A DIY, punk aesthetic runs through the work of Sergey Pakhomov, whether it be his outsiderish paintings, ranting microphone performances, or his notorious participation in underground cult films. Pakhomov utilises a lo-fi theatricality to present his own take on how to define the Russian tradition, defending a staunchly anti-commercial stance feeding on so-called vulgar, popular visual culture, and pointing to its embeddedness within a larger culture of the absurd.
Pakhomov’s multi-part paintings on wooden panels, such as the vibrant Russian Landscape, contain a faint echo of traditional altarpieces and fold-out icon paintings. But with their bold, expressionistic style combining text and image, they also mirror the immediacy of political posters and picket signs. Each of the ten panels illustrates scenes suggesting burning, violence and chaos, factory work and barren landscapes. These vignettes serve as a narrative backdrop, but the real star of the work is Pakhomov’s exuberant use of arresting, irregular lettering that captions each frame like an engorged, almost irrational headline.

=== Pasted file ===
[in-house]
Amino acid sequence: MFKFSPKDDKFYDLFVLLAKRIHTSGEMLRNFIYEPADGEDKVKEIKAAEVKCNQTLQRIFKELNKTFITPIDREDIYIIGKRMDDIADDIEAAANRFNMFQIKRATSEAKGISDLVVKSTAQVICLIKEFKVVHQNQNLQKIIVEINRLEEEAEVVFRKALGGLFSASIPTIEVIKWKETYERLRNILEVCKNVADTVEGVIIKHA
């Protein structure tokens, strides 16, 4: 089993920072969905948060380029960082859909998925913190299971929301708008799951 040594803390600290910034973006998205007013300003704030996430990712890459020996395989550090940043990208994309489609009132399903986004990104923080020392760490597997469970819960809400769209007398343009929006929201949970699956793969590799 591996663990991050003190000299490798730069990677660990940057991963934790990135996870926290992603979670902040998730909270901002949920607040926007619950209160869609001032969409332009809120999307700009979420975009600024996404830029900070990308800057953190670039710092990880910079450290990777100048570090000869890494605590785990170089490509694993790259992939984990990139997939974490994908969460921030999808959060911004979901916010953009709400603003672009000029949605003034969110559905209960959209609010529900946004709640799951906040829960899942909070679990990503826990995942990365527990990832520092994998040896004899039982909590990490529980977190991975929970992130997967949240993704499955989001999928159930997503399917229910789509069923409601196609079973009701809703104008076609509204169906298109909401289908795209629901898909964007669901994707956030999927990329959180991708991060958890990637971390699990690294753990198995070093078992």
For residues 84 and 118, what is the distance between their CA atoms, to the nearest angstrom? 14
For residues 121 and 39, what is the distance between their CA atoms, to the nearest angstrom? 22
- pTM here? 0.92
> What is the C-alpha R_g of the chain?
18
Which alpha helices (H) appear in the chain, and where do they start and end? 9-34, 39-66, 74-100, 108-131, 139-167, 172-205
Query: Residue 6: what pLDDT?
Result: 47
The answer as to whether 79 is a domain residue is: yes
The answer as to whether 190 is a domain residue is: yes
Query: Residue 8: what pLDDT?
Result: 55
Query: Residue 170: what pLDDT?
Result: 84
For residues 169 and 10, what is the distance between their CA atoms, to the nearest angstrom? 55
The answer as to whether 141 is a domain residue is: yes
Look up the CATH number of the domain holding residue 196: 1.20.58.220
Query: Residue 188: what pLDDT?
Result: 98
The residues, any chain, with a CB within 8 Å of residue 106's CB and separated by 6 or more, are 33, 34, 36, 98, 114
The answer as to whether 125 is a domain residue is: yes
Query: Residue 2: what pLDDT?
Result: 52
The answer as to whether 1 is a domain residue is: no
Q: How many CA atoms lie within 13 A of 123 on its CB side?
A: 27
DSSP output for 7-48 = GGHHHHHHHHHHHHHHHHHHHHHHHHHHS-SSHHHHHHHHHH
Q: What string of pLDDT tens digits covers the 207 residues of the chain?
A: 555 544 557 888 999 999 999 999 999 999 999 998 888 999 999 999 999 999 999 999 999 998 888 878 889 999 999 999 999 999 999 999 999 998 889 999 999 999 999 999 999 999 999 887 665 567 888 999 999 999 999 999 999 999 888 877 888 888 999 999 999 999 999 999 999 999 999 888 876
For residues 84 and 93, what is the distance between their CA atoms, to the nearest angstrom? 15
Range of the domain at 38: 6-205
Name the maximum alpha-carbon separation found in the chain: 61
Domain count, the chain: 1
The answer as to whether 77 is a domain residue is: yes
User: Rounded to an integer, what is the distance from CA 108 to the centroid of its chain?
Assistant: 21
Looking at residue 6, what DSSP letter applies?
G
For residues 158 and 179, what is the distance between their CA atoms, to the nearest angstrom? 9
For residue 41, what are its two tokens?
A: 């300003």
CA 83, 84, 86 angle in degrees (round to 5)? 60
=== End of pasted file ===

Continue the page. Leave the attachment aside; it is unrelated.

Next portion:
Repetition and the confection of a lunatic-like self-regard permeate much of Pakhomov’s practice. Ya Pakhom! [I, Pakhom] is made up of 16 smaller fibreboard panels encrusted with irregular geometric shapes and unified by a motto in yellow – his name, ludicrously dancing around each frame to the point where signature, and value, become nonsense speech. Pakhomov’s regard for the unsung and the irregular is highlighted in 382 Sins, in which strange blue shapes are framed by a litany of ‘sin’ written 382 times in undulating handwriting recalling the hand-made signs written and held up, like icons, in public spaces by society’s outcasts.